Technology & software

3D printing in the retail industry

3D printing in the retail industry: What are the advantages?

In a highly competitive industry, with tight profit margins and rising consumer demands more and more retailers are adopting 3D printing technology to offer heightened levels of product customisation, broader product design opportunities and faster delivery. We look closely at just how these advantages are giving retailers a crucial competitive edge.

The potential to create complex products

Because so many different materials can be used with 3D printing technology, or Additive Manufacturing as is also known, so many different objects for retail can also be created. These materials include plastics, powders, resins and metals, all of which can make complex designs including jewellery, novelty gifts, toys, furniture and shoe designs. One of the most exciting aspects of 3D printing is the sheer level of intricate designs it is able to create. For example, Nike’s Vapour Laser Talon Football boots helped the brand provide a new level of performance. Comprising of a 3D printed plate made through Selective Laser Sintering, the new boot was designed to provide ‘optimal traction’ and to help athletes maintain their ‘drive stance’ longer. In another show of design complexity, these detailed zoo-themed shower heads   demonstrate both function and form, conveying just how detailed you can be with 3D printing. Created by Voodoo Factory, the showerheads include a range of exotic animal shower heads, the first of which was 3D printed T-Rex shower head which achieved viral success.

3d printing

The ability to make customisation king

Getting to know the hearts and minds of customers helps forge a competitive edge and encourages repeat custom. According to the Deloitte Consumer Review, Made To Order: The Rise of Mass Personalisation, one in five consumers who expressed an interest in personalised products are willing to pay a 20% premium. Not only this, customers are growing to expect personalisation of their products, whether it’s the shape of their sun glasses or the distinct colour of their smart phone case. 3D printing, unlike other manufacturing methods, is not reliant on expensive tooling for unique product designs. The data from the design is sent straight to a 3D printer for production. Footwear is one of the key areas of retail where 3D printing is used for enhanced customisation. In 2018, Danish shoe manufacturer, ECCO launched a project called Quant-U which uses both 3D scanning and 3D printing to create customised shoes. The concept behind it is believed to be so ECCO can provide fully customised shoes to their customers. Taking shoe customisation to a more eye-popping level, these  3D printed tree root shoes from Dutch fashion designer, Iris Van Herpen and architect, Rem D. Koolhaas. Although they might not be quite ready for the high street, the design truly shows the high levels of customisation achievable with 3D printing.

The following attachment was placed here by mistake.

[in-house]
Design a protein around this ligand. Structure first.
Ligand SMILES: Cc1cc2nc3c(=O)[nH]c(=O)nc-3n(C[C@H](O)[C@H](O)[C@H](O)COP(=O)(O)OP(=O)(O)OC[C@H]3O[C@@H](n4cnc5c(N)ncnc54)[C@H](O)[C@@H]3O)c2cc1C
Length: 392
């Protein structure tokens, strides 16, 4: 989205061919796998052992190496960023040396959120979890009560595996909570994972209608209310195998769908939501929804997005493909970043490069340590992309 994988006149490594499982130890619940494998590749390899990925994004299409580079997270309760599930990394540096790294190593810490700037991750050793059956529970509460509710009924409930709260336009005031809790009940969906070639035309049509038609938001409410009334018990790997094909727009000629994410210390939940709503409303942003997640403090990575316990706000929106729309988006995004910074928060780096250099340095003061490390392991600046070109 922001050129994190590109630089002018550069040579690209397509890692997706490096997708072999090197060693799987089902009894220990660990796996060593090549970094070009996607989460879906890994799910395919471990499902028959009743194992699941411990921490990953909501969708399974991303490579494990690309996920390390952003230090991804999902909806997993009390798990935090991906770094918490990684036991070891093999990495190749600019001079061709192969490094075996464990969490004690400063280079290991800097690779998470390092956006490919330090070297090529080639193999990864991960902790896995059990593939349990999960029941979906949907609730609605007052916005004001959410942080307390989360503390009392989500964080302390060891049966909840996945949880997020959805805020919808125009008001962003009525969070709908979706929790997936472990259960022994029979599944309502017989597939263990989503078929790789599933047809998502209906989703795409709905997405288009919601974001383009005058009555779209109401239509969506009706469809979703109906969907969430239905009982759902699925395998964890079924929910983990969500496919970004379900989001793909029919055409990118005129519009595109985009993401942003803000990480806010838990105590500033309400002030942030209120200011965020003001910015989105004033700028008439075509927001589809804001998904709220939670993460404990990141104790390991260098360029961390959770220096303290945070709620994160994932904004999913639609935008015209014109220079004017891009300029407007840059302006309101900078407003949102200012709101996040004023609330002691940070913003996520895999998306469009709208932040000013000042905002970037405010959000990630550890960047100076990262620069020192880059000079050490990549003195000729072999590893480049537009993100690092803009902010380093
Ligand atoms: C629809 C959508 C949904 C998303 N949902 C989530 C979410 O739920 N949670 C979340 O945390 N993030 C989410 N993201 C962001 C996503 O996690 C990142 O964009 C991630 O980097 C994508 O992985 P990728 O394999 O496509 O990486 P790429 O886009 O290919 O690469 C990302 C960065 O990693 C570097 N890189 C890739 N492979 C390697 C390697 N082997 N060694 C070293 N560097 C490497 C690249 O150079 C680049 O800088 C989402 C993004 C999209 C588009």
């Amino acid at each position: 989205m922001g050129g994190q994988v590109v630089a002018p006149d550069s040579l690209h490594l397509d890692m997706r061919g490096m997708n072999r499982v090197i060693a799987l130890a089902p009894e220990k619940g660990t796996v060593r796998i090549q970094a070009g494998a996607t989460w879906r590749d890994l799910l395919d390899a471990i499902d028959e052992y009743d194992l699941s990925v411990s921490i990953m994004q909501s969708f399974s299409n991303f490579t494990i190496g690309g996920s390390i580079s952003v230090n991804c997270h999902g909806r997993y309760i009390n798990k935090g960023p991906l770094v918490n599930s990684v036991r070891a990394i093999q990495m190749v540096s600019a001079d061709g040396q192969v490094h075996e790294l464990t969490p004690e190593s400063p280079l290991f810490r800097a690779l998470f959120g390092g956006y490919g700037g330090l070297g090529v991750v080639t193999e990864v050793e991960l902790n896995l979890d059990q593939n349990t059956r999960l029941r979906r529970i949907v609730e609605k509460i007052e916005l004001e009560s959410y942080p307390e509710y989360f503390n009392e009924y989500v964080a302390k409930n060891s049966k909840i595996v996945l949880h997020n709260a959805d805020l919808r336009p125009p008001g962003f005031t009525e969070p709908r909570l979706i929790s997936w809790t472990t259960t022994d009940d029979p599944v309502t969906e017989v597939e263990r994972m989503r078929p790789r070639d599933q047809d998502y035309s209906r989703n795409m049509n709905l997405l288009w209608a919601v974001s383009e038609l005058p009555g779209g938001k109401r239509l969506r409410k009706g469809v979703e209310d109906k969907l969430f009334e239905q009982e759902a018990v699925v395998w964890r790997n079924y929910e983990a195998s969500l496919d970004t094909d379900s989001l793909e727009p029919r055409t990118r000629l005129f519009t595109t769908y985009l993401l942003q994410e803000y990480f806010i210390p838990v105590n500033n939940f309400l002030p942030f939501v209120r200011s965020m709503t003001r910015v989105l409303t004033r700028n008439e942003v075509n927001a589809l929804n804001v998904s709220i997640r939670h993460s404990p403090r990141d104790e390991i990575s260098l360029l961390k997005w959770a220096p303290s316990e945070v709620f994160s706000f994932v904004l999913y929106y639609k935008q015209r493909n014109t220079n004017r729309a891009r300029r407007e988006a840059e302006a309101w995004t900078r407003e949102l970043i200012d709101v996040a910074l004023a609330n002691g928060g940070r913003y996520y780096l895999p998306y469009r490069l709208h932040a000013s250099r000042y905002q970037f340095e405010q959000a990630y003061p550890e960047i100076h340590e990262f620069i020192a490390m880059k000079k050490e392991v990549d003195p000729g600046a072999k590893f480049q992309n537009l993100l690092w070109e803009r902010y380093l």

Speeding up product design process

The use of Additive Manufacturing also helps with a faster design and production process, compared to other manufacturing technologies. This is because in a typical product design process, there are edits to be made or mistakes to be rectified in the initial stages before mass production. These adjustments to design can be made accurately and quickly with 3D printing thanks to the use of CAD software which allows for changes to be made to the design file. From a retail perspective, where trends can change at the drop of a hat, 3D printing allows for a new level of responsiveness to continually evolving trends. 

3D printed spare parts for branded goods

Retailers can also benefit from some of the work big brands are doing with additive manufacturing. For example, in 2018, Porsche responded to the issue of the unavailability of spare parts for its rare classic models by adopting 3D printing to produce small quantities of some of its parts. In the same year, home appliance brand, Whirlpool began working with Spare Parts 3D to help make the obsolescence of spare parts a thing of the past by using 3D printing technology to produce them and thereby improve its aftersales service. Both these instances represent the new levels of customer experience which will undoubtedly benefit retailers too. 

The opportunity to become more sustainable

Thanks to the ability to produce on-demand, 3D printing does not require consistent transportation synonymous with traditional manufacturing, nor does it require large areas for storage, both having an impact on carbon footprints. Furthermore, as an additive form of manufacturing, less waste material is produced as only the precise amount is used to create a product, and a biodegradable material like PLA plastic which is made from renewable sources can also be used with 3D printing machines.  


The pure scope of potential and the proven advantages of responsiveness, cost-effectiveness, complex product design and sustainability suggest that 3D printing is on the precipice of turning the retail industry on its head and only begs the question: what’s next?